Curtis Blaydes UFC Heavyweight

Curtis Blaydes UFC heavyweight say that “The best defense against a flying knee is constant movement.” “The best defense is constant movement,” Blades said in an interview with SE. – When I fought Alistair Overeem, a man who has really strong knees, albeit not flying, I never let him get hit by them. Because I was moving. Do not kneel strikers on a static target. If you keep moving, they won’t have time to prepare the flying knee. Move and move, don’t stand. “

Of course, in the case of any blow or movement, there are times when the fighter is so fast and athletic that this more than covers any technical errors. Recently fired from the UFC sport for his history of domestic violence, Luis Peña has a super-athletic flying knee. In kickboxing, he knocked out an opponent, breaking this blow twice in a row, as if it were some kind of jab.

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Corey Sandhagen’s flying knee can be very technical, but he often hits it on the same athleticism and timing, not really bothering with the purity of the execution.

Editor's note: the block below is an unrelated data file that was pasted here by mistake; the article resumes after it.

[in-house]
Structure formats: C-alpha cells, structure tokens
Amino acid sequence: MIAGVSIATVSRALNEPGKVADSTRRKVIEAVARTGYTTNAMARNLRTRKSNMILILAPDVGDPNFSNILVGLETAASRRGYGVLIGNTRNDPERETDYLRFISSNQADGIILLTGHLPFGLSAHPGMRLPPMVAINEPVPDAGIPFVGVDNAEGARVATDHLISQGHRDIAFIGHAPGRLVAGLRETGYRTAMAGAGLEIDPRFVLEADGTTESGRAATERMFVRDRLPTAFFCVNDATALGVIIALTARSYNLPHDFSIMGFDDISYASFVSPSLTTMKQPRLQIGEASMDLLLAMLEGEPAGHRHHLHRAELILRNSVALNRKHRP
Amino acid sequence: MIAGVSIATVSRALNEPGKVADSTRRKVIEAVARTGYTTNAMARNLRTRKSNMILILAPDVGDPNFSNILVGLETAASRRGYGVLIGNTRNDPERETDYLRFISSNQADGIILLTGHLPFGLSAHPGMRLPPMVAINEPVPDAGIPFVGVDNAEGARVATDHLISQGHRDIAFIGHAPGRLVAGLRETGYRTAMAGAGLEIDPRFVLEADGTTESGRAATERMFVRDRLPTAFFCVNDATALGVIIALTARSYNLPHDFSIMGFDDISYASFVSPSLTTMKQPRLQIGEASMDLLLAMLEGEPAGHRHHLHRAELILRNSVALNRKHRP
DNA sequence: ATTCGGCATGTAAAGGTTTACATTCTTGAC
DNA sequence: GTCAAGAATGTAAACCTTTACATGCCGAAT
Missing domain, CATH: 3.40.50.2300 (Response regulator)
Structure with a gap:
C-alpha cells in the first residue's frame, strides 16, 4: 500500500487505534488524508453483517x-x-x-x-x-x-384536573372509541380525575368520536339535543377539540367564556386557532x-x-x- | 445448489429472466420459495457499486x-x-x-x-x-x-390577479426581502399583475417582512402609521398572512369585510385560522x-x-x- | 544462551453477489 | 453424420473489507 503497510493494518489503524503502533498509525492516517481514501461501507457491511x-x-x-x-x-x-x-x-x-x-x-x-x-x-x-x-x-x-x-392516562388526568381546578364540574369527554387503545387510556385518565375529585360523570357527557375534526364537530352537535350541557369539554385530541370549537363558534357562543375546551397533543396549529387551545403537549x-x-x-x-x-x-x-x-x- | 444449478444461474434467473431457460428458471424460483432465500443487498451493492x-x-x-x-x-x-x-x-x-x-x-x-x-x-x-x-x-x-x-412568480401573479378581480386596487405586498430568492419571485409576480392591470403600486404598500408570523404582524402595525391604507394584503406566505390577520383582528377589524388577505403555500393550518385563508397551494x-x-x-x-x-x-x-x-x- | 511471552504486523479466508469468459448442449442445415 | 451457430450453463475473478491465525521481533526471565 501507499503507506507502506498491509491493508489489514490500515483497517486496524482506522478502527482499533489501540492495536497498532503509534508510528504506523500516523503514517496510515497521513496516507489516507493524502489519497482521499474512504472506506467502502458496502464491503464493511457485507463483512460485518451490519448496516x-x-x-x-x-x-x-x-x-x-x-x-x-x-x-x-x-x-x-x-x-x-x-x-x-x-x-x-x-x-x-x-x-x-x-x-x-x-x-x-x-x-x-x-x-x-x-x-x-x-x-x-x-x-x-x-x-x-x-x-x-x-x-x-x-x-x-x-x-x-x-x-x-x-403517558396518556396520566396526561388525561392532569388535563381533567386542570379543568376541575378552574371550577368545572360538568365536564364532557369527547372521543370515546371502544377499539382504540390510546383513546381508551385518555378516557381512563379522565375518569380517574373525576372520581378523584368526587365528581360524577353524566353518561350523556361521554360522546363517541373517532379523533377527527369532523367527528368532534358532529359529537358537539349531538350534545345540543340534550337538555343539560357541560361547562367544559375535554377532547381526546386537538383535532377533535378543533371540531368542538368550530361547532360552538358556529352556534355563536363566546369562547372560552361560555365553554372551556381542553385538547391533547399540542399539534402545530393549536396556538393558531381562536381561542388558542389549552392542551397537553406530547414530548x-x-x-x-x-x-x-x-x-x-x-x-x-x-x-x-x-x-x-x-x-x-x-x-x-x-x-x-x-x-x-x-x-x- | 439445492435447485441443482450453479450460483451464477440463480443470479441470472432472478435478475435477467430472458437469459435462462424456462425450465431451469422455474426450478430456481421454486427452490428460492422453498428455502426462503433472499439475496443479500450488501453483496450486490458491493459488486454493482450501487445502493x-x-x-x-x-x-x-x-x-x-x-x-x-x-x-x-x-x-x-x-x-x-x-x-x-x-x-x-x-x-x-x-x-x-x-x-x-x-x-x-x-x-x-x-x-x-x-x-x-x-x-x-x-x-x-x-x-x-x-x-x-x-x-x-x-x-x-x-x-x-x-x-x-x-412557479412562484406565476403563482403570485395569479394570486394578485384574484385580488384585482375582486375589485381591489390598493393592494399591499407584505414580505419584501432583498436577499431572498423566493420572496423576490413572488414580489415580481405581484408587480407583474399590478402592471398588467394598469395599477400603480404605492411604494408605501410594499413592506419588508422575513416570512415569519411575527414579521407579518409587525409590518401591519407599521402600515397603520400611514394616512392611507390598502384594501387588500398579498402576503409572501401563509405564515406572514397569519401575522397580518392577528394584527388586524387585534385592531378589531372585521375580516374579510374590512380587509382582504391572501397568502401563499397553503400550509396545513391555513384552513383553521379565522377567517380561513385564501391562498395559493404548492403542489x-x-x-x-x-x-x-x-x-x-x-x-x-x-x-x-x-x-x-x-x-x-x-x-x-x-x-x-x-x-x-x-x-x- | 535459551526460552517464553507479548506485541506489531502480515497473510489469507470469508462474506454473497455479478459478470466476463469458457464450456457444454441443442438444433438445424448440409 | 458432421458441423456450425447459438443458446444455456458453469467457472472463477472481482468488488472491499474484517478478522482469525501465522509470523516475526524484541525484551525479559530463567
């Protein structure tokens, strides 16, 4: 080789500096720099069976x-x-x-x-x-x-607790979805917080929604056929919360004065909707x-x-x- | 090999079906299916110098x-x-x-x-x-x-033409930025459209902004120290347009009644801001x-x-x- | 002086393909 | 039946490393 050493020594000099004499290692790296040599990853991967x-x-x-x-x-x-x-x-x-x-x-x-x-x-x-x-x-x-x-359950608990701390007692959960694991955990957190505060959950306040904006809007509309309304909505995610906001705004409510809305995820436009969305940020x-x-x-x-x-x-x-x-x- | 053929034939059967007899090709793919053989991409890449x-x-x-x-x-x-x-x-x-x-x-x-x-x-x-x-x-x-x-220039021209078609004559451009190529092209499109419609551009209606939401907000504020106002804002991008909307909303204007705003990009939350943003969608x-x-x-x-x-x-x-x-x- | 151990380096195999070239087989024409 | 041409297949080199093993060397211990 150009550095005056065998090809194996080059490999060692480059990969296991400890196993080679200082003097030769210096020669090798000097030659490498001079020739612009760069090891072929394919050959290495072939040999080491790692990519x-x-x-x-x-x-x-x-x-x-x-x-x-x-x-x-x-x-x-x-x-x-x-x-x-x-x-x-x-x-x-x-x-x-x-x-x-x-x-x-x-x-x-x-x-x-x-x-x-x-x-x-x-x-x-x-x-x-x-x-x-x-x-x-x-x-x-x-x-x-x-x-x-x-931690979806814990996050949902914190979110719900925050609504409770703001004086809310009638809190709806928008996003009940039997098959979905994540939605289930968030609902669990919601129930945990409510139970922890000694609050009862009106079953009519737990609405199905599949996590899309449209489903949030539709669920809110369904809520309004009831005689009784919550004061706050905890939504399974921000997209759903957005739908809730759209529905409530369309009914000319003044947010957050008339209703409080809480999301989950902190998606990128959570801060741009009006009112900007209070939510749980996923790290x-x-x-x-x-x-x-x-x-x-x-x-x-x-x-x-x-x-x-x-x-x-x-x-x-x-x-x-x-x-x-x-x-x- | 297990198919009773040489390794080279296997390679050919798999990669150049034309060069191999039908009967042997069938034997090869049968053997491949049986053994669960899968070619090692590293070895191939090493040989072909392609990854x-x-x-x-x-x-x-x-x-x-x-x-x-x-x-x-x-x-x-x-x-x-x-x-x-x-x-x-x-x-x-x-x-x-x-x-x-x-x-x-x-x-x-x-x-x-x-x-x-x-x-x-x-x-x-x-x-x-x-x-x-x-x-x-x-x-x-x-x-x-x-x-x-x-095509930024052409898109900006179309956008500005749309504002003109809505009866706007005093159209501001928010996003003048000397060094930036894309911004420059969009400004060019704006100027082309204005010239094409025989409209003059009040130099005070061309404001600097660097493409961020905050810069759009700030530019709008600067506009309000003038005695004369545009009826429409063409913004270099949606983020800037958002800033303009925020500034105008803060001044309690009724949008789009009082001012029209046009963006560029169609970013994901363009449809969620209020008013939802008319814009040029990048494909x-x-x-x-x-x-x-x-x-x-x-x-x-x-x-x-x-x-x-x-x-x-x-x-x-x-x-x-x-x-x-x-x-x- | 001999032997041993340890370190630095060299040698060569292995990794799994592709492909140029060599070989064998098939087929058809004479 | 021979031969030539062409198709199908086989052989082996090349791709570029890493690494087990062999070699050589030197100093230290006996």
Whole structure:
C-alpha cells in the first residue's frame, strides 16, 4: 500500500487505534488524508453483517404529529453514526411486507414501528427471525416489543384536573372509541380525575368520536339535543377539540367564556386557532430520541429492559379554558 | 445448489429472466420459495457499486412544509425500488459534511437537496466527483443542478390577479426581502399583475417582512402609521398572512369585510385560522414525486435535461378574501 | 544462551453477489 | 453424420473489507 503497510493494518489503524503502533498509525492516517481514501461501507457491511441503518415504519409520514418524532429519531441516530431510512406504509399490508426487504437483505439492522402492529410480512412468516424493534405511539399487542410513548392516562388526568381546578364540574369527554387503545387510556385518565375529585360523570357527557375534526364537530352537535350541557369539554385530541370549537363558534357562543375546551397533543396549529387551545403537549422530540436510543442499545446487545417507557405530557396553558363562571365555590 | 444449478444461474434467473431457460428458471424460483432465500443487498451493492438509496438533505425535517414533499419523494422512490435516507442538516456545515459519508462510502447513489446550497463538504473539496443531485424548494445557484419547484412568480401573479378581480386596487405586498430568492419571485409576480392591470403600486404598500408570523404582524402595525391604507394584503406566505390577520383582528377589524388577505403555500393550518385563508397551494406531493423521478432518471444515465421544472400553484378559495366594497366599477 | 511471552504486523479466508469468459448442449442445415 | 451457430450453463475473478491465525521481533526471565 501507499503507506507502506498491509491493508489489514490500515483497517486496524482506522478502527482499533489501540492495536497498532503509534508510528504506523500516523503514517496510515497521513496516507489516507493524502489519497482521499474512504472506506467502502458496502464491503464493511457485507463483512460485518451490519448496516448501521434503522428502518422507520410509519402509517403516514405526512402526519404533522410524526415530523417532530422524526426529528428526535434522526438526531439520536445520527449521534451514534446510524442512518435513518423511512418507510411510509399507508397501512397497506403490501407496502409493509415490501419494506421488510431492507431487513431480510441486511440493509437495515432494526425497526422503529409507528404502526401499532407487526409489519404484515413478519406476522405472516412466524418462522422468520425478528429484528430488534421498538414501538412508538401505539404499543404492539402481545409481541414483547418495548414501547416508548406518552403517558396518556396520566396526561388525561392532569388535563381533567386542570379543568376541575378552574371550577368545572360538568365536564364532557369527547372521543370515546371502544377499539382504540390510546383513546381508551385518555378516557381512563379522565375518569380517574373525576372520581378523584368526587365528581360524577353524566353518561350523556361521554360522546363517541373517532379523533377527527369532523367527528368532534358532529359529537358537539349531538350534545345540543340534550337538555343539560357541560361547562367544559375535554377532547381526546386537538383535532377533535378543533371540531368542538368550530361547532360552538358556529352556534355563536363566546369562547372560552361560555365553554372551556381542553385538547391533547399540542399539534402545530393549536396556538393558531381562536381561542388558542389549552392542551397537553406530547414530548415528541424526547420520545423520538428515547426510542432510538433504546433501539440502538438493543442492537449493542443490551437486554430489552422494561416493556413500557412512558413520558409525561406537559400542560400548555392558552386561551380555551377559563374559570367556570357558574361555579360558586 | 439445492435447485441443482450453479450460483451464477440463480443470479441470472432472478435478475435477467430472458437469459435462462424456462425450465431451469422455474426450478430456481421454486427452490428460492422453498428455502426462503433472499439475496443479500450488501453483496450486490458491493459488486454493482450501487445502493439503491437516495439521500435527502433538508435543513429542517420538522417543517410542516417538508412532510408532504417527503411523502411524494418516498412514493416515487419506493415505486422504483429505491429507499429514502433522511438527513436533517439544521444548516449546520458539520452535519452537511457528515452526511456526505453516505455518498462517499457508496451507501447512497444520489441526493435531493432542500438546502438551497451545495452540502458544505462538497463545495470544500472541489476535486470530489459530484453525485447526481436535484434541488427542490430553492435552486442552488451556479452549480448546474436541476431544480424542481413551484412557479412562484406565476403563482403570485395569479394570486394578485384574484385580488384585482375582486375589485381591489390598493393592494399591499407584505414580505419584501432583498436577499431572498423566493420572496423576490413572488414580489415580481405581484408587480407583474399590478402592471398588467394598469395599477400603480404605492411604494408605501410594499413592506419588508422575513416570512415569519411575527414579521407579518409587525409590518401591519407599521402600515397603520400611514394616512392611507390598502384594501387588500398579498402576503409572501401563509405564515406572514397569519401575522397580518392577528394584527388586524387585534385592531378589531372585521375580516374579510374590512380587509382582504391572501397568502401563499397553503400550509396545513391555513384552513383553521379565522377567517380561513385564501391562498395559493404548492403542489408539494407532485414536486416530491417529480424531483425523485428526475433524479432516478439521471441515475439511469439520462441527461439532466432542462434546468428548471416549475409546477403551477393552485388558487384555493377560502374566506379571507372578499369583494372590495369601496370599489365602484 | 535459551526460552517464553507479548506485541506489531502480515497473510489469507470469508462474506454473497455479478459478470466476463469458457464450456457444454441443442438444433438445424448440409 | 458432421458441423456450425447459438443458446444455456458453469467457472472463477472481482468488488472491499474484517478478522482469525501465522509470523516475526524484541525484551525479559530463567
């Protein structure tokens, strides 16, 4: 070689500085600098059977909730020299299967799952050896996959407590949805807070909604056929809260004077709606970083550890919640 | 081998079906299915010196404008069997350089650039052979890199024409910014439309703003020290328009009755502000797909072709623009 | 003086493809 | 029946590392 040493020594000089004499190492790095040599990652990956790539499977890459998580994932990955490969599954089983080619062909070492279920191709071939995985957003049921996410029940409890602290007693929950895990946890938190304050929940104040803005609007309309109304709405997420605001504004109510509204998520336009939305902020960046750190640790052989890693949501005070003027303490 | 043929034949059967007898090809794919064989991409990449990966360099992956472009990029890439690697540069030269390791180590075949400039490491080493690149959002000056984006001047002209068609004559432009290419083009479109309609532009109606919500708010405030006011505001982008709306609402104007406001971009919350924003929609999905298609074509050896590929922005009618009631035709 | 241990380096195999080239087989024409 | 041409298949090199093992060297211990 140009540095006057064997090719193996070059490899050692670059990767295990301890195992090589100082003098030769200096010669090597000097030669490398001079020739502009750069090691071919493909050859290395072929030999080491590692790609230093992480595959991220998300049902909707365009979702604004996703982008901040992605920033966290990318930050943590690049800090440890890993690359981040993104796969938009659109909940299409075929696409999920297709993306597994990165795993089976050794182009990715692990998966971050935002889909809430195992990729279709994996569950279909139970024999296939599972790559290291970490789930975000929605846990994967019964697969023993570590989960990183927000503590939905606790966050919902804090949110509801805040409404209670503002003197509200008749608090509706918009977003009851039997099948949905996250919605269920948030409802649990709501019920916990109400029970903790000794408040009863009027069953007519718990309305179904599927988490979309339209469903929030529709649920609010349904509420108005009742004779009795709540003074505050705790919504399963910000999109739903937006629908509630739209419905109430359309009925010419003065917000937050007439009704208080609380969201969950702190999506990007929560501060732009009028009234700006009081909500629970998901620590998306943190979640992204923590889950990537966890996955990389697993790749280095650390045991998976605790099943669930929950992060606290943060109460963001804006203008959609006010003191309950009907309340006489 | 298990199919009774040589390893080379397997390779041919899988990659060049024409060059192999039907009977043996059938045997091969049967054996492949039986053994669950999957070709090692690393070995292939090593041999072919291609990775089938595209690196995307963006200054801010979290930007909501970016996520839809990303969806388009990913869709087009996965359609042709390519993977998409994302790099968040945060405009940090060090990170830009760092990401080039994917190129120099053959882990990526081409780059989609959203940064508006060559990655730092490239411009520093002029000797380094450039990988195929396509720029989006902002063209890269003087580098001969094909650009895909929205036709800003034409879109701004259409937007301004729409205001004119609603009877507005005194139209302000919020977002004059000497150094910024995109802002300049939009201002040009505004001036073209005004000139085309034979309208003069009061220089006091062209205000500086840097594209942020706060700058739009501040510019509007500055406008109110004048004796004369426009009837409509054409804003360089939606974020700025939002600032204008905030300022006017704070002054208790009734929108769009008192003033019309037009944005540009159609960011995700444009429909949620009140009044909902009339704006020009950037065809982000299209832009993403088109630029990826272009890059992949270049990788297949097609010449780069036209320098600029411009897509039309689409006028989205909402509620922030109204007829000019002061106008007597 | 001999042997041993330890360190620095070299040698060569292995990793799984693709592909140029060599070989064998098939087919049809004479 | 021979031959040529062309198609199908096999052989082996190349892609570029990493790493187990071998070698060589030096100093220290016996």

“A flying knee isn’t the most technical thing in the world,” Corey explained to the UFC. – There are simply moments when it is impossible not to hit him. You should throw it into the zone, the space where, as you think, the opponent will take the next step. Either you kick your knee from afar when they just don’t expect it. A flying knee doesn’t have to be perfectly technical to get a knockout. It’s just a really hard punch that I hit, and if you run into it, then you have a bad evening. Well, against undersized fighters, I always try a flying knee, it would be foolish not to. “

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